Landscape grading is the process of shaping the land to divert surface runoff from structures. The grading must also direct runoff to a street or lane.
Proper yard grading is essential for drainage away from buildings. Property owners will benefit from this. You can get the services of grading design via https://pacificcoastcivil.com/hillside-grading-design-and-development.
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Cities and towns have bylaws that require grading plans. All properties must be graded using an approved lot-grading plan.
This includes single-family, row-house, and semi-detached residential properties. These bylaws are used to regulate and track drainage on both public and private land.
For decades, lot grading and drainage plans were part of the approval process. Every new development must have a grading plan approved and signed by the city.
The lot grading plan outlines the requirements for land development. These include design elevation, lot type, and surface gradient.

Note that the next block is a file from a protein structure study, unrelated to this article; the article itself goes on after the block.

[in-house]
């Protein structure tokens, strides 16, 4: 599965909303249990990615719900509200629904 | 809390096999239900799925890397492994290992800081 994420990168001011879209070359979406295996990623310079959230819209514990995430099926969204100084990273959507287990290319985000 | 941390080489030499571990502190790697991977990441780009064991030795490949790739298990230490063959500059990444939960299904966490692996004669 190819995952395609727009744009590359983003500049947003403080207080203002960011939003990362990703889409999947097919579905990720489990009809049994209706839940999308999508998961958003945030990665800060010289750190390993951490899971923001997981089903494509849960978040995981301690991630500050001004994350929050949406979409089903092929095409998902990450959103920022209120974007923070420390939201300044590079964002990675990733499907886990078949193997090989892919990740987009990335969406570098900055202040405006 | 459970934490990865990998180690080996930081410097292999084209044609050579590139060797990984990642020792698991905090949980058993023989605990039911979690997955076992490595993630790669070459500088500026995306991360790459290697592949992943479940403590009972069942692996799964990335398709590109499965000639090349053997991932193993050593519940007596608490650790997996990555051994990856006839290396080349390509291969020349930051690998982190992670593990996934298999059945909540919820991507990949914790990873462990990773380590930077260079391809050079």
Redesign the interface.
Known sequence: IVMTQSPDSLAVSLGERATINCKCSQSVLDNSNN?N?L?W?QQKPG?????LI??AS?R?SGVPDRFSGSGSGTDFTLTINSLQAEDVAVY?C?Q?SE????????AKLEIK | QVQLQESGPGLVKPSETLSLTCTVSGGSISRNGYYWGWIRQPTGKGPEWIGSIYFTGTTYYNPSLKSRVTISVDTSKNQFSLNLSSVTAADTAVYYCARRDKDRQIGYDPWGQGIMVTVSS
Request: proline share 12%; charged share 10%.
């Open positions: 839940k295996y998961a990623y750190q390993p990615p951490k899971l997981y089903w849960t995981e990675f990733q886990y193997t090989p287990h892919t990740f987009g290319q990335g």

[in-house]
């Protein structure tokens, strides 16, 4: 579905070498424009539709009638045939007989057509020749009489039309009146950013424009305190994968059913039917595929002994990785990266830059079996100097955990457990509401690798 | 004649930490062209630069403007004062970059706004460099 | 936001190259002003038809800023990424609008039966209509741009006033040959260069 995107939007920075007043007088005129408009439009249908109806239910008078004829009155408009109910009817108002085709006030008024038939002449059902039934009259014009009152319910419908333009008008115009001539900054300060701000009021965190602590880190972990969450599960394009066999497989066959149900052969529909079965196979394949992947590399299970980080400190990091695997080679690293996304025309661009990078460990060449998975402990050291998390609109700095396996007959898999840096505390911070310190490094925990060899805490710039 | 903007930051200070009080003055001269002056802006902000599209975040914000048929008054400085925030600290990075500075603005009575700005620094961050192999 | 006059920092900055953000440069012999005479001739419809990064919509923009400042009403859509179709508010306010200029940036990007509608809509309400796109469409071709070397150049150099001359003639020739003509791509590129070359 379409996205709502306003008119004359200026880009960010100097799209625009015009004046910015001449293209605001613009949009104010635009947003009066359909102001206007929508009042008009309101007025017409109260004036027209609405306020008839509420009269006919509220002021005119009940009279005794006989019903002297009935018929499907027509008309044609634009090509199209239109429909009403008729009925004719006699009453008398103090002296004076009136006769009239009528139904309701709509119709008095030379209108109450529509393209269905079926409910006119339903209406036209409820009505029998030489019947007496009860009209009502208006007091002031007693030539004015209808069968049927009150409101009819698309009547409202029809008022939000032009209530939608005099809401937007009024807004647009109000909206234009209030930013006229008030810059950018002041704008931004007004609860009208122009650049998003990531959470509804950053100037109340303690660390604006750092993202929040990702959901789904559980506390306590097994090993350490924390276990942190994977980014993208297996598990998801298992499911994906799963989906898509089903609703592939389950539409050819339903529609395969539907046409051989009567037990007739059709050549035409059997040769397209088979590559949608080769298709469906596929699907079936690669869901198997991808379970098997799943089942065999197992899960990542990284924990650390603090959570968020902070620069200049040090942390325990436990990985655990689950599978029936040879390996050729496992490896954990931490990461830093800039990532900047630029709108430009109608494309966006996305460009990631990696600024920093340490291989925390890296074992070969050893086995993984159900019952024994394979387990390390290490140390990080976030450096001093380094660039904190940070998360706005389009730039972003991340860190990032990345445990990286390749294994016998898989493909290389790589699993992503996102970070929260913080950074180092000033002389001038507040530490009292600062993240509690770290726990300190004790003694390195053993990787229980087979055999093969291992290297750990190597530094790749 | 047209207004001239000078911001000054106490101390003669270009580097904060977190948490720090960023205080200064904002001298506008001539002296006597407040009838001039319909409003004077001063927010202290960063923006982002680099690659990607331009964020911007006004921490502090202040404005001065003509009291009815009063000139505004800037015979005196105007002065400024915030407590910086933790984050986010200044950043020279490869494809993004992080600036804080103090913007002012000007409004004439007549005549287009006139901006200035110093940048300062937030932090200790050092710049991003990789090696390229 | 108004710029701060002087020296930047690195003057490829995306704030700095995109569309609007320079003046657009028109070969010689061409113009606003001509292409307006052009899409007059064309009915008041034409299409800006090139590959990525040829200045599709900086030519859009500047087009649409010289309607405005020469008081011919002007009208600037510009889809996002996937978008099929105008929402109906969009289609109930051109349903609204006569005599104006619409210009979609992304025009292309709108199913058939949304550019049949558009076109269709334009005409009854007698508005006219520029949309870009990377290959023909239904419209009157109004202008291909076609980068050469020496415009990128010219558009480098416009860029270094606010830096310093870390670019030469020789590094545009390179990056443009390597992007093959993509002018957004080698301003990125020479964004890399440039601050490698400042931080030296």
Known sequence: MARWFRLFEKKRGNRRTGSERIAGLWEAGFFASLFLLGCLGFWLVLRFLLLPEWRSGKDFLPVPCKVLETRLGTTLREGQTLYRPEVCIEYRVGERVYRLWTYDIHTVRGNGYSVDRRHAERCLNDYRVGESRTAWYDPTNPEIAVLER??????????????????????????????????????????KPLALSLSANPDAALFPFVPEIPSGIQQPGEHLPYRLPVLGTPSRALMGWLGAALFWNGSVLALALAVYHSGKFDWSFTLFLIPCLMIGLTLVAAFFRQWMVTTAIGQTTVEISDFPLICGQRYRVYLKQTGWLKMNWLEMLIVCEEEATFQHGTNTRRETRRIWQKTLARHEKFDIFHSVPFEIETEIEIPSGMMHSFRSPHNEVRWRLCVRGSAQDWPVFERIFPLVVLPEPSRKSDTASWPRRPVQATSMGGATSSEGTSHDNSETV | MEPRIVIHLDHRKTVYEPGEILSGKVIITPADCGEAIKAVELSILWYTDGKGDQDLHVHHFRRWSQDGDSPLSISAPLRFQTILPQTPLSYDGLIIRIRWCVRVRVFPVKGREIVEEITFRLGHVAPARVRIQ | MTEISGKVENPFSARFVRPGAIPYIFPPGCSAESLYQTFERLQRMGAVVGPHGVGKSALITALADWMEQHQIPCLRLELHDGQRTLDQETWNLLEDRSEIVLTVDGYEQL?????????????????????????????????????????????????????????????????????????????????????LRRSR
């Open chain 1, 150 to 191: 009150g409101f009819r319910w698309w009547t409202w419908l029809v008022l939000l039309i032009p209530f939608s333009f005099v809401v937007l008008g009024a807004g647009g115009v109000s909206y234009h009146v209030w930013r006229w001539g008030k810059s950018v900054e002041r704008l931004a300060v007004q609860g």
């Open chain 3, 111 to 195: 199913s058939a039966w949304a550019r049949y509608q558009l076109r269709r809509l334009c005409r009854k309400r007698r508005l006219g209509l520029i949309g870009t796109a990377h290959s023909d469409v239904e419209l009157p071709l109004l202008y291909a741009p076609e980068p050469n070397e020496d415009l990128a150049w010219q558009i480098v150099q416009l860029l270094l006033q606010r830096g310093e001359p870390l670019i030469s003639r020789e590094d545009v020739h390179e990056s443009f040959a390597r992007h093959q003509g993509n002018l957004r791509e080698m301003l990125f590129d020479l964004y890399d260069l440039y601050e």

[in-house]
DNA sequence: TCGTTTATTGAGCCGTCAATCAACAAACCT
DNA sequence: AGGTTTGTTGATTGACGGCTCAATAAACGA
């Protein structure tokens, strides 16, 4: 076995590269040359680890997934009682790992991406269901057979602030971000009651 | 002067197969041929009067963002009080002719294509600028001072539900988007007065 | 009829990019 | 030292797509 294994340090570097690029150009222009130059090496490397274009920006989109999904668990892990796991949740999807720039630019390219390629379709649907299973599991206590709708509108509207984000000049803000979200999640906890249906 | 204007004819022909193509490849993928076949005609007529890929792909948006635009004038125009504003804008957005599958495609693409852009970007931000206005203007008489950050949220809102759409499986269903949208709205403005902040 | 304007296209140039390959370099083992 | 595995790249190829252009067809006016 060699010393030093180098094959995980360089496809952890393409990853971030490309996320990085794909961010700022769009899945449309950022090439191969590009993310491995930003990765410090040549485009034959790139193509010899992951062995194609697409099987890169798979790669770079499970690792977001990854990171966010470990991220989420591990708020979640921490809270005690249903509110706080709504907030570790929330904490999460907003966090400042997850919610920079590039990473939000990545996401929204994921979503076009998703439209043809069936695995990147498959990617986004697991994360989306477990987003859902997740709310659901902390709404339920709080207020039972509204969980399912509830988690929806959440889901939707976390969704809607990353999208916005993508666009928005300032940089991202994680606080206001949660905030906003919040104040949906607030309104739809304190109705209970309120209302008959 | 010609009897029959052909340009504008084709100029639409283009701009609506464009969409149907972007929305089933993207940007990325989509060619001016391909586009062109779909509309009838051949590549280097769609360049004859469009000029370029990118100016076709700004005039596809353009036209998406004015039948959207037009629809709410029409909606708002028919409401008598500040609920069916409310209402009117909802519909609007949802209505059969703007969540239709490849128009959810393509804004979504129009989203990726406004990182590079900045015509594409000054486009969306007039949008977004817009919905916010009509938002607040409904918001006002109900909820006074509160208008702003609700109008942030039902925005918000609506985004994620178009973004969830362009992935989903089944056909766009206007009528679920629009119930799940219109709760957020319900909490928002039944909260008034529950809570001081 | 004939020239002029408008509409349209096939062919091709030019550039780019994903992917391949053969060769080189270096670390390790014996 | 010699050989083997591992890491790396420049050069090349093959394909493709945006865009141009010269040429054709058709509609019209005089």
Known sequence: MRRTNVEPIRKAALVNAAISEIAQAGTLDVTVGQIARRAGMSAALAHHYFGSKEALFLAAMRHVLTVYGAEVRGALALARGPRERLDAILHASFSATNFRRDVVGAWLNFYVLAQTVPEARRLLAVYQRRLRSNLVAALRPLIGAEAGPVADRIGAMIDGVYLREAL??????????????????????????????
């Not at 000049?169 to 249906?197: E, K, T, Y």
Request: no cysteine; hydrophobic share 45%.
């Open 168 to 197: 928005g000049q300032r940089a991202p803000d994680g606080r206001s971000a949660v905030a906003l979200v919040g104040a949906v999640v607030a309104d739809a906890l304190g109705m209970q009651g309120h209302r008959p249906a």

This plan establishes the grading relationship between connected (or abutting properties. It is the foundation for controlling surface runoff.
Rainwater will flow towards the home if a lot isn’t properly graded. The foundation is at risk of moisture damage. Hydrostatic pressure may also build up against the foundation.
Unwelcome consequences include structural damage, foundation cracks, and soil erosion. Poorly graded lots can cause problems for neighboring properties. Rain runoff can lead to flooding and soil erosion in neighboring properties.
Make sure water flows down from the foundation. It should drain from the property and be transferred to a storm drainage system.